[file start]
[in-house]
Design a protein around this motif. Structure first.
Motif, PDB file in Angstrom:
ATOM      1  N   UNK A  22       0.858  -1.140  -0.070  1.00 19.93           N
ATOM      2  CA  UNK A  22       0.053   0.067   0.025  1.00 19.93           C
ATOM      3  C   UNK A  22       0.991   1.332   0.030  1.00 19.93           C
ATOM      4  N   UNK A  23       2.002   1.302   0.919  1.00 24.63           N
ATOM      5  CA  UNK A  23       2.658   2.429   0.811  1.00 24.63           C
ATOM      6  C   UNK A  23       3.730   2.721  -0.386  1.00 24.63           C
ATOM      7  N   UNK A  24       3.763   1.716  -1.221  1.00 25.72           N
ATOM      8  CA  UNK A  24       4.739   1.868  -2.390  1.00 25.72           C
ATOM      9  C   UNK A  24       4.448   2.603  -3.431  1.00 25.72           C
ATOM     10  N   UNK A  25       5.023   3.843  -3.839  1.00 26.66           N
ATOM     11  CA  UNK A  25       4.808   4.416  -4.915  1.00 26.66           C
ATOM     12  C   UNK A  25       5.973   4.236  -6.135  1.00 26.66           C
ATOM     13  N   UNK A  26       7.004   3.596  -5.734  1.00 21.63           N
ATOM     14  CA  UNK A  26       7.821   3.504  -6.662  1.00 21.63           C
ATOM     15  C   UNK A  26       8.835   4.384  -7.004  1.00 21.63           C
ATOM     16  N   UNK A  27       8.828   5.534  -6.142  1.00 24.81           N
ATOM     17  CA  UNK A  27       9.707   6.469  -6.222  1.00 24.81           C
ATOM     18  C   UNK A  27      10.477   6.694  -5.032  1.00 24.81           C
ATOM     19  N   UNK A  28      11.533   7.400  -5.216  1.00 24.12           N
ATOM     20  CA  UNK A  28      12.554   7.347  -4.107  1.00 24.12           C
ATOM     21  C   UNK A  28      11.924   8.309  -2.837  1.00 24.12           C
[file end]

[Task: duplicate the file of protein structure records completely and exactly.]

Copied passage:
[in-house]
Design a protein around this motif. Structure first.
Motif, PDB file in Angstrom:
ATOM      1  N   UNK A  22       0.858  -1.140  -0.070  1.00 19.93           N
ATOM      2  CA  UNK A  22       0.053   0.067   0.025  1.00 19.93           C
ATOM      3  C   UNK A  22       0.991   1.332   0.030  1.00 19.93           C
ATOM      4  N   UNK A  23       2.002   1.302   0.919  1.00 24.63           N
ATOM      5  CA  UNK A  23       2.658   2.429   0.811  1.00 24.63           C
ATOM      6  C   UNK A  23       3.730   2.721  -0.386  1.00 24.63           C
ATOM      7  N   UNK A  24       3.763   1.716  -1.221  1.00 25.72           N
ATOM      8  CA  UNK A  24       4.739   1.868  -2.390  1.00 25.72           C
ATOM      9  C   UNK A  24       4.448   2.603  -3.431  1.00 25.72           C
ATOM     10  N   UNK A  25       5.023   3.843  -3.839  1.00 26.66           N
ATOM     11  CA  UNK A  25       4.808   4.416  -4.915  1.00 26.66           C
ATOM     12  C   UNK A  25       5.973   4.236  -6.135  1.00 26.66           C
ATOM     13  N   UNK A  26       7.004   3.596  -5.734  1.00 21.63           N
ATOM     14  CA  UNK A  26       7.821   3.504  -6.662  1.00 21.63           C
ATOM     15  C   UNK A  26       8.835   4.384  -7.004  1.00 21.63           C
ATOM     16  N   UNK A  27       8.828   5.534  -6.142  1.00 24.81           N
ATOM     17  CA  UNK A  27       9.707   6.469  -6.222  1.00 24.81           C
ATOM     18  C   UNK A  27      10.477   6.694  -5.032  1.00 24.81           C
ATOM     19  N   UNK A  28      11.533   7.400  -5.216  1.00 24.12           N
ATOM     20  CA  UNK A  28      12.554   7.347  -4.107  1.00 24.12           C
ATOM     21  C   UNK A  28      11.924   8.309  -2.837  1.00 24.12           C